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Reconstruction of the diffusion signal with the WMTI model

Note

Click here to download the full example code

DKI can also be used to derive concrete biophysical parameters by applying microstructural models to DT and KT estimated from DKI. For instance, Fieremans et al. [Fierem2011] showed that DKI can be used to estimate the contribution of hindered and restricted diffusion for well-aligned fibers - a model that was later referred to as the white matter tract integrity WMTI technique [Fierem2013]. The two tensors of WMTI can be also interpreted as the influences of intra- and extra-cellular compartments and can be used to estimate the axonal volume fraction and diffusion extra-cellular tortuosity. According to previous studies [Fierem2012] [Fierem2013], these latter measures can be used to distinguish processes of axonal loss from processes of myelin degeneration.

In this example, we show how to process a dMRI dataset using the WMTI model.

First, we import all relevant modules:

```
import numpy as np
import matplotlib.pyplot as plt
import dipy.reconst.dki as dki
import dipy.reconst.dki_micro as dki_micro
from dipy.core.gradients import gradient_table
from dipy.data import get_fnames
from dipy.io.gradients import read_bvals_bvecs
from dipy.io.image import load_nifti
from dipy.segment.mask import median_otsu
from scipy.ndimage import gaussian_filter
```

As the standard DKI, WMTI requires multi-shell data, i.e. data acquired from more than one non-zero b-value. Here, we use a fetcher to download a multi-shell dataset which was kindly provided by Hansen and Jespersen (more details about the data are provided in their paper [Hansen2016]).

```
fraw, fbval, fbvec, t1_fname = get_fnames('cfin_multib')
data, affine = load_nifti(fraw)
bvals, bvecs = read_bvals_bvecs(fbval, fbvec)
gtab = gradient_table(bvals, bvecs)
```

For comparison, this dataset is pre-processed using the same steps used in the example for reconstructing DKI (see example_reconst_dki).

```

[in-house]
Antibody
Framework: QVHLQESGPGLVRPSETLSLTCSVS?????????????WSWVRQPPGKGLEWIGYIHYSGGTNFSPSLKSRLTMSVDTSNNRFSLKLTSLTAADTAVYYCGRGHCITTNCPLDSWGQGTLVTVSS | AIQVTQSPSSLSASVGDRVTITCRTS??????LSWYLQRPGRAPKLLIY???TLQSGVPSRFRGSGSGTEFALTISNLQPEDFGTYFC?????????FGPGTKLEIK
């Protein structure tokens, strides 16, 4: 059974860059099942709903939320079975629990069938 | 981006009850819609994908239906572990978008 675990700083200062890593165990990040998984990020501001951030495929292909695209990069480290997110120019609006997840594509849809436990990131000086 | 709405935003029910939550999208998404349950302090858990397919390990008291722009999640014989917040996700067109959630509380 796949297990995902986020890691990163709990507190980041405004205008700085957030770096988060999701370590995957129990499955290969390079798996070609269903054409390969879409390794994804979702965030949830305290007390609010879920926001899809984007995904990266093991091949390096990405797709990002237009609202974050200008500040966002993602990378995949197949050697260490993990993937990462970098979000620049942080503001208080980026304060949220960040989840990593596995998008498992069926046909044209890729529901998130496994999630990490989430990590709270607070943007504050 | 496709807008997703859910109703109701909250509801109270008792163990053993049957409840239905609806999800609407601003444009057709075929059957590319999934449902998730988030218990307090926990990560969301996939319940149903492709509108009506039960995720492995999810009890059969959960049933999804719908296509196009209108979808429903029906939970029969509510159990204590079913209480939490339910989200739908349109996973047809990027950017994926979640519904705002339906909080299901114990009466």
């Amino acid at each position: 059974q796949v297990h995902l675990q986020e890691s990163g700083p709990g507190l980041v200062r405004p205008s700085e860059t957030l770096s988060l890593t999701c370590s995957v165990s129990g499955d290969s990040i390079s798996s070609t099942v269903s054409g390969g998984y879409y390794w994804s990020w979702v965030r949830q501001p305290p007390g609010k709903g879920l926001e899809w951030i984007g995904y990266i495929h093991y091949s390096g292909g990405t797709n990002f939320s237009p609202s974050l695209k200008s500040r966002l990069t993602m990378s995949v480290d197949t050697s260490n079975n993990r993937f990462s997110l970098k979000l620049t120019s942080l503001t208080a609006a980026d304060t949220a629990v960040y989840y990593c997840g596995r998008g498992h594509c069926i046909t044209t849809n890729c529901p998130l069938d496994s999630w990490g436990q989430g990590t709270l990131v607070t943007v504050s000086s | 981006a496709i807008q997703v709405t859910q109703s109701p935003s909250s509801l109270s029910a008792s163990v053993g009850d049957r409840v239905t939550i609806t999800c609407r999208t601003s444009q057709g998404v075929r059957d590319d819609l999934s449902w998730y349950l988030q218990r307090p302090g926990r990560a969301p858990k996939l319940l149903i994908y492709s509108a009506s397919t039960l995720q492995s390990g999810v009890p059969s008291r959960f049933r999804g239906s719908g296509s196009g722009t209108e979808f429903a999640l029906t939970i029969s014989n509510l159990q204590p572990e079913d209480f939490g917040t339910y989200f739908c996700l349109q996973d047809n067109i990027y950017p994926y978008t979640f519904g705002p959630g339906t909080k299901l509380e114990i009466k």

# data masking
maskdata, mask = median_otsu(data, vol_idx=[0, 1], median_radius=4, numpass=2,
autocrop=False, dilate=1)
# Smoothing
fwhm = 1.25
gauss_std = fwhm / np.sqrt(8 * np.log(2))
data_smooth = np.zeros(data.shape)
for v in range(data.shape[-1]):
data_smooth[..., v] = gaussian_filter(data[..., v], sigma=gauss_std)
```

The WMTI model can be defined in DIPY by instantiating the ‘KurtosisMicrostructureModel’ object in the following way:

```
dki_micro_model = dki_micro.KurtosisMicrostructureModel(gtab)
```

Before fitting this microstructural model, it is useful to indicate the regions in which this model provides meaningful information (i.e. voxels of well-aligned fibers). Following Fieremans et al. [Fieremans2011], a simple way to select this region is to generate a well-aligned fiber mask based on the values of diffusion sphericity, planarity and linearity. Here we will follow these selection criteria for a better comparison of our figures with the original article published by Fieremans et al. [Fieremans2011]. Nevertheless, it is important to note that voxels with well-aligned fibers can be selected based on other approaches such as using predefined regions of interest.

```
# Diffusion Tensor is computed based on the standard DKI model
dkimodel = dki.DiffusionKurtosisModel(gtab)
dkifit = dkimodel.fit(data_smooth, mask=mask)
# Initialize well aligned mask with ones
well_aligned_mask = np.ones(data.shape[:-1], dtype='bool')